You will have heard the term “Oppa“ or “Nuna” while listening to kpop, like in Super Junior’s Donghae & Eunhyuk‘s 2011 song Oppa Oppa, maybe SHINee’s 누난 너무 (Nuna is So Pretty aka Replay), or at least in Psy’s 2013 Oppa Gangnam Style, which has 3.5 billion views on YouTube.
Or perhaps it was from legions of girls screaming Oppa! to try and get the attention of their favorite K-star.
Maybe you noticed Oppa (오빠), Hyeong (형), Nuna (누나), Eonni (언니) as you were watching a Kdrama and wondered why what they said sounded nothing like the name that was written in the subtitles.
These terms all basically mean older sibling but are not limited to actual siblings but to friends you are close too. Which one you use however depends on gender (yours and theirs), closeness, and age. Once you are close, and if you have received permission from the older friend or individual to use less formal language (speak casually or talk down), you can use the term that shows the relationship between you.
If you are male you would use “hyeong” (형) for an older male friend and ”nuna” (누나) for older female friend.
If you are female you use “oppa“ (오빠) for an older male friend and eonni (언니) for older female friend.
(note: A younger friend can be called dongsaeng (동생) by either gender.)
However that’s not all, as it wouldn’t really fit the Kpop oppa model or kdrama nuna romance.
The most noticeable use of Oppa (오빠), in Kpop and Kdramas especially, is where it is used for someone they like. It is a commonly used by women (regardless of age) to refer to their romantic interest, boyfriend, and sometimes even husband. In this clip from the Hong Kong movie Bounty Hunters Lee Minho’s character wants the girl he likes to call him oppa but gets a surprise in the end as things are lost in translation.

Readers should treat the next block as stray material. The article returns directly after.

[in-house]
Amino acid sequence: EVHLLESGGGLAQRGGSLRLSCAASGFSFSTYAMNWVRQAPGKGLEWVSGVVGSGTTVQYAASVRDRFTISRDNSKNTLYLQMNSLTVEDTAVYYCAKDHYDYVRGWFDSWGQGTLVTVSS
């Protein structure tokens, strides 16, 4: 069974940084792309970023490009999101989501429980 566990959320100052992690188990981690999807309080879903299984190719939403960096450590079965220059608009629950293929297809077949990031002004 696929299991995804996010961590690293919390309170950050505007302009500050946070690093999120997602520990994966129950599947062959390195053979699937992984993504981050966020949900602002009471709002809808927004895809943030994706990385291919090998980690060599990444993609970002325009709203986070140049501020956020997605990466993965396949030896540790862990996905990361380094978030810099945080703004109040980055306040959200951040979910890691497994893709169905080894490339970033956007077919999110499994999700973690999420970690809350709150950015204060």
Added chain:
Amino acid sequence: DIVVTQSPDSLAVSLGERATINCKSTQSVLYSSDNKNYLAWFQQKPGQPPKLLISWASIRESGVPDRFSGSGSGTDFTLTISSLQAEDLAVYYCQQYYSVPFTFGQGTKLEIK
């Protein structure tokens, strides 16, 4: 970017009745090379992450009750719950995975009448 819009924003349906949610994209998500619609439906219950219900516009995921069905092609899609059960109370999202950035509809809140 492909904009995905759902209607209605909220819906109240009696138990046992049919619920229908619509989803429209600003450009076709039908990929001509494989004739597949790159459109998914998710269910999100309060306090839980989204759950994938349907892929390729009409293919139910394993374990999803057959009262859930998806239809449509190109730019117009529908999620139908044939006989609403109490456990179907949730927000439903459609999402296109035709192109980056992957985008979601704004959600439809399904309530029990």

In the world of K-dramas, “nuna romances” are a very popular genre. These are where the male lead is younger than, but has feelings for, the female lead. For example, to name a few: Encounter with Park BoGum, Witch’s Romance with Park Seo Joon, King of High School with Seo In Guk, Sweet Stranger and Me with Kim Young Kwang, Something in the Rain and One Spring Night with Jung Hae In, had all of them falling for “Nunas“.
Some stars like the idea of being an Oppa and even encourage older women to call them it, others break out in a cold sweat at even the idea of talking casually. We see this in an interview with Park BoGum on KBS’s Entertainment Weekly back in 2016.
Other times you might hear it is in a restaurant (usually a more casual one) being used when interacting with the waitstaff, like asking the eonni or nuna for more rice.
Whenever you are referring to someone you use always use an ending one of these terms with to someone else you attach the term to their name, for example Park HyungSik says “Park SeoJoonHyung” or ”SeoJoon Hyung” when speaking about his close friend to others.
While there’s no hard rule about foreigners using these terms. You may still get some raised eyebrows or giggles depending on how they are used though. However, if you are Jackie Chan you can call anybody whatever you want. Here he explains in this episode of Happy Together why he chooses to call Super Junior’s Choi Siwon (with whom he acted with in a movie) Oppa, even though, having lived and worked in Korea he knows what is normally used.